Little Book of Confusables

Principal vs principle: do you know the difference?

PRINCIPAL or PRINCIPLE: which is which? Simple spelling tips to help you remember the difference.

PRINCIPAL or PRINCIPLE – two words with very different meanings. What do they mean – and how do you decide which spelling you need? It’s easy.

These spelling tips will help you decide whether you need to write PRINCIPAL or PRINCIPLE.


PRINCIPAL is a noun, meaning the head of a school or college, or the most important person within an organisation.

The easiest way to learn this is to remember that PAL is a noun: your PAL the princiPAL.

For example:

“Ms George is the college principal.”

Spelled this way, PRINCIPAL is also an adjective, meaning the chief or most important.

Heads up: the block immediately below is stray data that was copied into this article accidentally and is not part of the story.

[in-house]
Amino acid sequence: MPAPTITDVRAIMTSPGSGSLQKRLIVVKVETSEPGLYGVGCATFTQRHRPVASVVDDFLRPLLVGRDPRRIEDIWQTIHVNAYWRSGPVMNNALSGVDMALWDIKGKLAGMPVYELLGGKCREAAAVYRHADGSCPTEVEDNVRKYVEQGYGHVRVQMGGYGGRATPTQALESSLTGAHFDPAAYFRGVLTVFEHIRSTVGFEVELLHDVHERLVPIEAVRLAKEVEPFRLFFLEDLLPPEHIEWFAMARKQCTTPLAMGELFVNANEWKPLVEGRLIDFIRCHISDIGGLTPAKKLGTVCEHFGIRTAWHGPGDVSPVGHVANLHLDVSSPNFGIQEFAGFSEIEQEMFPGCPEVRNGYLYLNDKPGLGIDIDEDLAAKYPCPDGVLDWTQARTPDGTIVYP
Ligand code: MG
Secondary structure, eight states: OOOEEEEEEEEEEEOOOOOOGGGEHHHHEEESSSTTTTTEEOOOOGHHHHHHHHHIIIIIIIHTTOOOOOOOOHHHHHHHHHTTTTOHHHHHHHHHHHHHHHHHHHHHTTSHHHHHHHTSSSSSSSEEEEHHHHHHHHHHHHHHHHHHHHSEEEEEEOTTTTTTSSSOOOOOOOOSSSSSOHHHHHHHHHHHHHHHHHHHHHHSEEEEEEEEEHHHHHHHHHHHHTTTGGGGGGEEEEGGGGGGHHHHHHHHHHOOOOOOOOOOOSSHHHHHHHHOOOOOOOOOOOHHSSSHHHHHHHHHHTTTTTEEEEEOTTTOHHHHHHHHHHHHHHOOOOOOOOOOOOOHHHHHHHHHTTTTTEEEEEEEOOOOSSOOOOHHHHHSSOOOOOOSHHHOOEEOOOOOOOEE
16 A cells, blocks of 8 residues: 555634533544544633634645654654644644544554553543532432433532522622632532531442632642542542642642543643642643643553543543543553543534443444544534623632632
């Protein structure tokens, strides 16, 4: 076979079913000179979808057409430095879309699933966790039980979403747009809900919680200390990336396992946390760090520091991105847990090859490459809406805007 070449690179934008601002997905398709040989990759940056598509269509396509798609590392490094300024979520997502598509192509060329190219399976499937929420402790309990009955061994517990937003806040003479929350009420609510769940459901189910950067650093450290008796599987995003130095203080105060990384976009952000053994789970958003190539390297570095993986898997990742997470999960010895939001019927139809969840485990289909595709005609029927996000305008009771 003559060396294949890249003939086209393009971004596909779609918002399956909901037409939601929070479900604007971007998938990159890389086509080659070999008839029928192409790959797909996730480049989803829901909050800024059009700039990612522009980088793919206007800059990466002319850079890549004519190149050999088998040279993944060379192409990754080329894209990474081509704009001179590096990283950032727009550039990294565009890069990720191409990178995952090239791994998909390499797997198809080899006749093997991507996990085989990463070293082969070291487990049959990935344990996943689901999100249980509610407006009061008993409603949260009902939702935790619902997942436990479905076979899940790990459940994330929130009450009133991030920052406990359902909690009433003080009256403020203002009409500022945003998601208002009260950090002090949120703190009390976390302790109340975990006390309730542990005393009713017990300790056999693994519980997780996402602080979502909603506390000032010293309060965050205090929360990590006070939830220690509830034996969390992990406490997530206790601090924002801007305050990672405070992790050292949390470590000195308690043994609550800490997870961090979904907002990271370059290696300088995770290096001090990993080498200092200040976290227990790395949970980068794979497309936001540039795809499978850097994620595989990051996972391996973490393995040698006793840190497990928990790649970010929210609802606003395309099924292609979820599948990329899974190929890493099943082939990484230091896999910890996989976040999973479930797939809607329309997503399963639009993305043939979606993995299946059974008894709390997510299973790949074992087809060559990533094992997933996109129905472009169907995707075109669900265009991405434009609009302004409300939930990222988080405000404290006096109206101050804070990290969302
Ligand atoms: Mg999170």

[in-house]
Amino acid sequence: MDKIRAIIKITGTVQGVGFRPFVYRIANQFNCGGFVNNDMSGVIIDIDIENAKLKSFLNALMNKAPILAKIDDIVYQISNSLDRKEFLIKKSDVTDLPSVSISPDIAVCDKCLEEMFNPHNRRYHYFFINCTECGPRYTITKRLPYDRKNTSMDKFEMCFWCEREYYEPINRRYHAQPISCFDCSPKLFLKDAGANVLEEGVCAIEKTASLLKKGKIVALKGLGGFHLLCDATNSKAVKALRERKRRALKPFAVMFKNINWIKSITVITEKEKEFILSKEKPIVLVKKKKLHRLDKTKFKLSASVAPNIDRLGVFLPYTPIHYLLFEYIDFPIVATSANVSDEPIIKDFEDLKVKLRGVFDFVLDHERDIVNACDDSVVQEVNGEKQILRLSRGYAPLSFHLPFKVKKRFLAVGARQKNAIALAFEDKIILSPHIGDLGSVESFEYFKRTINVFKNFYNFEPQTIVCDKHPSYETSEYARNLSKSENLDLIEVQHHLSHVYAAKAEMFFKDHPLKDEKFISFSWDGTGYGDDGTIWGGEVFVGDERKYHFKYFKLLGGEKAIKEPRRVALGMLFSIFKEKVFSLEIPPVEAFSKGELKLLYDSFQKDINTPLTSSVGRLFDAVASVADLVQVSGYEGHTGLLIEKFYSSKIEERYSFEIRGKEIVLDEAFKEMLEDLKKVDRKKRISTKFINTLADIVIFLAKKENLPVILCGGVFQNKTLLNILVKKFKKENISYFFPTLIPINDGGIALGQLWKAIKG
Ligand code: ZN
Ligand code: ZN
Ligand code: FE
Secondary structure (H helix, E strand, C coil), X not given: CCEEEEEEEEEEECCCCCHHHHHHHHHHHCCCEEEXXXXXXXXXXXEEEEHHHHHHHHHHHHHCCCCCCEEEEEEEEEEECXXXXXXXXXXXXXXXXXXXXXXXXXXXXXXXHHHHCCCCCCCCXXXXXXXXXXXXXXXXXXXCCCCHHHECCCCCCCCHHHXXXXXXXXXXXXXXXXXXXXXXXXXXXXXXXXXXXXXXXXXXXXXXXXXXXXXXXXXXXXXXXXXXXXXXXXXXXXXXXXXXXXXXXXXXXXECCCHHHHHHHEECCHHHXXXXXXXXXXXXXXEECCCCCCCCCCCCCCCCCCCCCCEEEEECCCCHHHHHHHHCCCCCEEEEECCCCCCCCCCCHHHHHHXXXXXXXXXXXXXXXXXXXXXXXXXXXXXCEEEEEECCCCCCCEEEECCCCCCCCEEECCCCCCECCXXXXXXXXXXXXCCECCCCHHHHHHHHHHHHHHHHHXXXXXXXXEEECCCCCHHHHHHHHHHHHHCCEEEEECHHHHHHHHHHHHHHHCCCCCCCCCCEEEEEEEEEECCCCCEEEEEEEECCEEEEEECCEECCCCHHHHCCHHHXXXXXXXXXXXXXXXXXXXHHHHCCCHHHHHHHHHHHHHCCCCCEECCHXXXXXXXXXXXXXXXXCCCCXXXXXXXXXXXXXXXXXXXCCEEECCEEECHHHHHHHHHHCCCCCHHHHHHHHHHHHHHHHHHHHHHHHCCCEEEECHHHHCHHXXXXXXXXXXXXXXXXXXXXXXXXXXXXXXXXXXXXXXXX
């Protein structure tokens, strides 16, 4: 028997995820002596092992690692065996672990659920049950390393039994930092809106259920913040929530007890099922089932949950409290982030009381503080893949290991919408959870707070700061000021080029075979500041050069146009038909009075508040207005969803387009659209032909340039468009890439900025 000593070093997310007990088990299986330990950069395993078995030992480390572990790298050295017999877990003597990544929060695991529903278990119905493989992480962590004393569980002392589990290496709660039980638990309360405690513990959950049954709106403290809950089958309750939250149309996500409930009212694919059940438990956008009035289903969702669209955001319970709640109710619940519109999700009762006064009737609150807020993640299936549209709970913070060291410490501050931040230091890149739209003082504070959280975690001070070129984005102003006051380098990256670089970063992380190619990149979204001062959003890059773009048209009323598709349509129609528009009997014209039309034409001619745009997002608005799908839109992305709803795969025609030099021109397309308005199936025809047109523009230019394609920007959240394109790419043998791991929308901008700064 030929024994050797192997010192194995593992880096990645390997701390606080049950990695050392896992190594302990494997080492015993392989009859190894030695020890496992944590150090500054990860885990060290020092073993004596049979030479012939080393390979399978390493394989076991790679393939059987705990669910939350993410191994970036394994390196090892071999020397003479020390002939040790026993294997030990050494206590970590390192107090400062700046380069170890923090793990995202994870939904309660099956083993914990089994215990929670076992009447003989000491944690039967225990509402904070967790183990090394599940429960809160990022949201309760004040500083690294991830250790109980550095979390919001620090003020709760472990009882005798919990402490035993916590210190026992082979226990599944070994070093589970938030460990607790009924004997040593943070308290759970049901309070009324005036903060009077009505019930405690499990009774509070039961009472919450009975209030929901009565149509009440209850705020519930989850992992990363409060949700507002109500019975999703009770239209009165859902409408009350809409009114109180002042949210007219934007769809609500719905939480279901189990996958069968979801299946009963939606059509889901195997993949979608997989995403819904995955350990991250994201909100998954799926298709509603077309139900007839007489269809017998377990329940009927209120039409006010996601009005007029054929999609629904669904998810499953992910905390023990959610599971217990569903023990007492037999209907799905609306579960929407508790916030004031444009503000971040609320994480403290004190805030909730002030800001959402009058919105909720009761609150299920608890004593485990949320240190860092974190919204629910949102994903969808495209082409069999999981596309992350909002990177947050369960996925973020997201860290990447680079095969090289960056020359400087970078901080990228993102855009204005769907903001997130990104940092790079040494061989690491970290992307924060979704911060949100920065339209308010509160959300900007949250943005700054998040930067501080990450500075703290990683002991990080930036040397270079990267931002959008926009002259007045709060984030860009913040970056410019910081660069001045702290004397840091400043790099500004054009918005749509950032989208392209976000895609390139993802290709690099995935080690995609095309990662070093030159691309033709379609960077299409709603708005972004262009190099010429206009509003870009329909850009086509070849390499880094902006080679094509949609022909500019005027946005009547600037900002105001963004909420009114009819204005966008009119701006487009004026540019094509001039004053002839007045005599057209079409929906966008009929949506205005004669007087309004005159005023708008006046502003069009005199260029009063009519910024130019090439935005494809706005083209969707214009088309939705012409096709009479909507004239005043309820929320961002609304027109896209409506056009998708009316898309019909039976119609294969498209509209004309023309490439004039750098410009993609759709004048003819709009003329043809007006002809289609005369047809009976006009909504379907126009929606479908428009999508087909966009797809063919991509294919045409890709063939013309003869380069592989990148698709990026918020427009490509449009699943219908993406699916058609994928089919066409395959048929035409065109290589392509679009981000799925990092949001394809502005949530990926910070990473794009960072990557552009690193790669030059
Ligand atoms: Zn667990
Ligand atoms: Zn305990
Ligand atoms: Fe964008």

“Increasing turnover is our principal goal.”

Remember the in principAl and the A in mAin.


PRINCIPLE is also a noun that describes a fundamental truth or belief.

For example:

“These are the principles of good grammar.”
“I don’t agree with his principles.”

I hope this helps you to remember the difference between PRINCIPAL and PRINCIPLE.

Want more writing tips?

For more language love, join my Clever Copy Club and get monthly updates direct to your inbox. Alternatively, email me, follow me on Twitter, connect on LinkedIn or like my page on Facebook.

Get more tips in The Little Book of Confusables

Confusables: PRINCIPAL vs PRINCIPLE. Simple spelling tips to remember the difference, from The Little Book of Confusables

PRINCIPAL vs PRINCIPLE. Excerpt from The Little Book of Confusables by Sarah Townsend.

The Little Book of Confusables by Sarah Townsend

No more confusing words!

Master 600 confusing words with The Little Book of Confusables: 300 gorgeous pages packed with memorable, fun spelling tips – from ACCEPT + EXCEPT to YOUNG + YOUTHFUL.

Loved by writers everywhere, this multi-award-winning guide has been described as The perfect book for anyone who ever has to write anything!”.


Your fun guide to confusing words
The Little Book of Confusables
Buy Now